The biggest hits ("Fancy Footwork," "Needy Girl," et al) were played early on, usually a surefire way to lose your audience. If that was a test of loyalty, however, the crowd certainly passed. Everyone stuck around until the very end when Chromeo closed with the odd choice of "100%," a lesser known track off of She's in Control.

-Erin Donaldson

Kings of Leon

After being introduced with clouds of red smoke, Kings of Leon opened their set with "Closer" as a third screen projected camera angles in fast forward motion. Perhaps this was meant to bolster excitement, but I wasn't phased.

Kings of Leon ride on two things: their reputation and special effects. The group was lifeless on stage, melodramatically plucking away at their instruments while Caleb Followill screeched.

Guitarist Matt Followill played with a cigarette in his mouth for a large portion of the set, clearly trying to seem more "badass." While whining lyrics like "Because I'm just too emotional" in a new song that mimicked riffs from past albums, it's no wonder that the crowd referenced it to other songs. The group then played the over-covered "Where Is My Mind" by Pixies and as expected, the crowd went wild. Caleb then monotonously whispered, "Sing along if you know it," as the group burned through their three-and-a-half minute ballad raving about fiery sex as if we all hadn't heard enough about that steamy night already. The set ended as mediocre as it started, but I guess the smoke and lights were kind of cool.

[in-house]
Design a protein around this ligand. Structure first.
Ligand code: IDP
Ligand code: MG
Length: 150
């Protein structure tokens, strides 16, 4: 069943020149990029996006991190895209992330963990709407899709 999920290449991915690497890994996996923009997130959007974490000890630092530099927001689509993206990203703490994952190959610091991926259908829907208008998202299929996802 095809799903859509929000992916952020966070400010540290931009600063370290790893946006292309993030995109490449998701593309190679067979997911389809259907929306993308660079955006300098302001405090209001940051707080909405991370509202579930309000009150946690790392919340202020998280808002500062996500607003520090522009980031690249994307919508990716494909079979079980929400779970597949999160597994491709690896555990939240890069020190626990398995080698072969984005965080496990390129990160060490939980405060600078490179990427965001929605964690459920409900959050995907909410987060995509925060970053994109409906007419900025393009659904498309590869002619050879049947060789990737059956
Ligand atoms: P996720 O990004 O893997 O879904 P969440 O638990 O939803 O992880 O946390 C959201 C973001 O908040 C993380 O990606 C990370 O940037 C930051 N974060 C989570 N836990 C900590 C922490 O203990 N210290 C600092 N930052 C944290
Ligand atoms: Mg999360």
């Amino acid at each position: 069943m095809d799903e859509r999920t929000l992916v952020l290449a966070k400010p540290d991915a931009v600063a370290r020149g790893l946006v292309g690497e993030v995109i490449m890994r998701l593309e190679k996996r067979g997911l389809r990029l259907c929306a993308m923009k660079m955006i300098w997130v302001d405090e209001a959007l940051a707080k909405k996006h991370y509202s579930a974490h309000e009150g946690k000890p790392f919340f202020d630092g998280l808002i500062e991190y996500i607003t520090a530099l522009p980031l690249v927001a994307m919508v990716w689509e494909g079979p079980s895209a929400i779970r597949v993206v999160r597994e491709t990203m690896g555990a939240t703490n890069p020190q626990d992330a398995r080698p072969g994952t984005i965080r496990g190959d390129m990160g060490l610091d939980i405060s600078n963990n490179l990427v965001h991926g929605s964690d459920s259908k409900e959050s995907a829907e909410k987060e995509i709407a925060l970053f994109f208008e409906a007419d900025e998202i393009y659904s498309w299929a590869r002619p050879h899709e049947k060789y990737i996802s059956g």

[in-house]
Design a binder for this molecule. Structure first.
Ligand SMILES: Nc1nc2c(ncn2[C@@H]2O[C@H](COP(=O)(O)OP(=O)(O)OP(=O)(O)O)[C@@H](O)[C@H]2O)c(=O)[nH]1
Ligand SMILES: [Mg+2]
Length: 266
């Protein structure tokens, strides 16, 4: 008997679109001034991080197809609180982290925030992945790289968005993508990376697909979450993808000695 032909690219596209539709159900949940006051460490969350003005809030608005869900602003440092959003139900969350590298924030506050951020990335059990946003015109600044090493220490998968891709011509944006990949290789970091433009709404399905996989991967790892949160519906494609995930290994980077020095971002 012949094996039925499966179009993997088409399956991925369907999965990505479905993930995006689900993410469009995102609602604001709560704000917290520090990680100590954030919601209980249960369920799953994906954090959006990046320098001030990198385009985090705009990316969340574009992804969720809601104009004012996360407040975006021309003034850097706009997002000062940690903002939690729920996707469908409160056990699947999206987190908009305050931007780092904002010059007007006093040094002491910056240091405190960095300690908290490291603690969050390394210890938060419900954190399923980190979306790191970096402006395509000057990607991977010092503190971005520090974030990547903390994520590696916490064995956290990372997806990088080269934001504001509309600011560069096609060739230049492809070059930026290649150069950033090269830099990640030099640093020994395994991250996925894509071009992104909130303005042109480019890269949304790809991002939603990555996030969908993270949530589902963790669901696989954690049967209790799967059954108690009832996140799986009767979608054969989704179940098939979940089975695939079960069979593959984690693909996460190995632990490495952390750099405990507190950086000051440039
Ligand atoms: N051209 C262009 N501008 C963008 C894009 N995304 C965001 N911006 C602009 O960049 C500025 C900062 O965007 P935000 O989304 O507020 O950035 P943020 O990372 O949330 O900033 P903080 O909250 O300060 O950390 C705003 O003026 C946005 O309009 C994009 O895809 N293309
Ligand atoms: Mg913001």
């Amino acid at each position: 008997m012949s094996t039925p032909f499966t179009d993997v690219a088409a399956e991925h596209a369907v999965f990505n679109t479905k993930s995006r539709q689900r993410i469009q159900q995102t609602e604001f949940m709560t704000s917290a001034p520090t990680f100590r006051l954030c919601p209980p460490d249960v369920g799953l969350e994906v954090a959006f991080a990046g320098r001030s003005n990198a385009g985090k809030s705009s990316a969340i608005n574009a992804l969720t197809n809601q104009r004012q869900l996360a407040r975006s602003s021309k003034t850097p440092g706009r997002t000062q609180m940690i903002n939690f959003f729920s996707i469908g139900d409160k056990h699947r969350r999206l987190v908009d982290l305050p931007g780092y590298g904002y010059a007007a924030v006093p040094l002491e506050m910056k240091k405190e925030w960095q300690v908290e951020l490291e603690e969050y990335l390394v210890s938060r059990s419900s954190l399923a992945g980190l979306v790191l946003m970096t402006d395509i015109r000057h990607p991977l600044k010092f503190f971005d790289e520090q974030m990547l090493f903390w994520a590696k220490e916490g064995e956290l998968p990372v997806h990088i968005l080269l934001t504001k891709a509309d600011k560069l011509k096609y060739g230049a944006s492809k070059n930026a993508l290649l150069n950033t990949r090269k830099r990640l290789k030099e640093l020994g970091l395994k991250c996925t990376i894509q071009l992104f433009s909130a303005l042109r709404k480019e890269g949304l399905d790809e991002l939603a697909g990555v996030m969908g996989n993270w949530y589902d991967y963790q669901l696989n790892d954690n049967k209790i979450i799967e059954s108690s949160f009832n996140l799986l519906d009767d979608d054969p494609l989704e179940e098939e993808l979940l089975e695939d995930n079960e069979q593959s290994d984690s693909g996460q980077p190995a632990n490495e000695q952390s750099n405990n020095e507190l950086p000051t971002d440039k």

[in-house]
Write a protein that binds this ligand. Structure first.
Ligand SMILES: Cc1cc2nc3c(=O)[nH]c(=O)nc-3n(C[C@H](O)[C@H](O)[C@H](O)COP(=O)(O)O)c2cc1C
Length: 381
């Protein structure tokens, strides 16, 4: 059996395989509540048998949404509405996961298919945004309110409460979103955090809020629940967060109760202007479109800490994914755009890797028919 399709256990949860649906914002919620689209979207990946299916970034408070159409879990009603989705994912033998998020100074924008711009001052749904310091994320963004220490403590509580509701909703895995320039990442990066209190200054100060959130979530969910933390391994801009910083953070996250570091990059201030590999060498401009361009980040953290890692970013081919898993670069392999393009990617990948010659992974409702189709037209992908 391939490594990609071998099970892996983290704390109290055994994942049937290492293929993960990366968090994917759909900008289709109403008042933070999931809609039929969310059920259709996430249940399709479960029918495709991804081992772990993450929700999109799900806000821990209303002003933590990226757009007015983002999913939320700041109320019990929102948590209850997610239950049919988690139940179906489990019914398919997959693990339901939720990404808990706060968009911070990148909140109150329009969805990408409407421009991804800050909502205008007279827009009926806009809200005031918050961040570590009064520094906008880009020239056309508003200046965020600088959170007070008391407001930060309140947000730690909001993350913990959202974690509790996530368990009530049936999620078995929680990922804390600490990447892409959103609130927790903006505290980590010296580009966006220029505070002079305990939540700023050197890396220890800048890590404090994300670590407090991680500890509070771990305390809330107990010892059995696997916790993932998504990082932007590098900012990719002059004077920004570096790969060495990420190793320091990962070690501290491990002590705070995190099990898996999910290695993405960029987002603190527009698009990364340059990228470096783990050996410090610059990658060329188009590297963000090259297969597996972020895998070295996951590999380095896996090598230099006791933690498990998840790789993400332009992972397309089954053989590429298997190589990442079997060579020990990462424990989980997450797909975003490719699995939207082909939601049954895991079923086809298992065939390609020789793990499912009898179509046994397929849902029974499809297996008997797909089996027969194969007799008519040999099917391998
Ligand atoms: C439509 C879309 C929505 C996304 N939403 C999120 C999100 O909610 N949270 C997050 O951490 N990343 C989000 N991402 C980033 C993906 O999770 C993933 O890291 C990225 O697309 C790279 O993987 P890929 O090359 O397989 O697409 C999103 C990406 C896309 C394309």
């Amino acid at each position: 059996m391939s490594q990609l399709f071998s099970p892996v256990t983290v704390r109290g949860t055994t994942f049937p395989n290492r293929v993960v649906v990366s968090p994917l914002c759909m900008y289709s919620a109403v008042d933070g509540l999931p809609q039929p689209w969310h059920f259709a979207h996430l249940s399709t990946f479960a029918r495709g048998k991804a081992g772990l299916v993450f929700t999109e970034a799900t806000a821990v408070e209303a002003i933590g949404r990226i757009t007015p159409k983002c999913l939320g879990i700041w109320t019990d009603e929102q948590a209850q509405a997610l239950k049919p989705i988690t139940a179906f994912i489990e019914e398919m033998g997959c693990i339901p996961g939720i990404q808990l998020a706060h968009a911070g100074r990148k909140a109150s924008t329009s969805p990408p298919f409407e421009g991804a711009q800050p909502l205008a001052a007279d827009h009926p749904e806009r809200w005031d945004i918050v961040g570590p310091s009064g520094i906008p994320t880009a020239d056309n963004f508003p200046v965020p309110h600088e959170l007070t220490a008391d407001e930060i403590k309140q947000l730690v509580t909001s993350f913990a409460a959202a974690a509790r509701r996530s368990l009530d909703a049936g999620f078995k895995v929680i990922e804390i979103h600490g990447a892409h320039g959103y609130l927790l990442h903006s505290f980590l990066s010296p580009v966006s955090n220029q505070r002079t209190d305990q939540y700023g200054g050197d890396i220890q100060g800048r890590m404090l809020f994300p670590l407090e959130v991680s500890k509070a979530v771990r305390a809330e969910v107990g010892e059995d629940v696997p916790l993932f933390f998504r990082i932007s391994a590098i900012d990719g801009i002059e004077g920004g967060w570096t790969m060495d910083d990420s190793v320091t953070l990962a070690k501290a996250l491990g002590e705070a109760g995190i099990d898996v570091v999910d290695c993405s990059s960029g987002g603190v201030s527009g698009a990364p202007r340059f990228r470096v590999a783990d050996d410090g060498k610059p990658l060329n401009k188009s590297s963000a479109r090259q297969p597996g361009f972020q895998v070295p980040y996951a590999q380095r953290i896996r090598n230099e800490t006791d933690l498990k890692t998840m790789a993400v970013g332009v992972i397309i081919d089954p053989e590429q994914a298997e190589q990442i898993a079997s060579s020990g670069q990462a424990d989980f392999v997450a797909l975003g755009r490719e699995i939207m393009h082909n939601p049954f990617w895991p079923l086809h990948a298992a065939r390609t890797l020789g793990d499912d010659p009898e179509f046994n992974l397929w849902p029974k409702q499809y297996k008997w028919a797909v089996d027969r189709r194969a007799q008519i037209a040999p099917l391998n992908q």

-Tracy Tieu

Beats Antique

Beats Antique is an Oakland-based experimental jam band that, well, didn't exactly start off as a band. It began as the brain child of Zoe Jakes - known for her blend of traditional belly dance with tango, break dance and Indian dance - who serves as the producer and arranger for the electronic afro-beat ensemble.

With obvious trip-hop and down-tempo jazz influences, the group performed a surprising set that mesmerized the crowd. The band boasted futuristic, percussive beats and chimes that echoed out from the stage.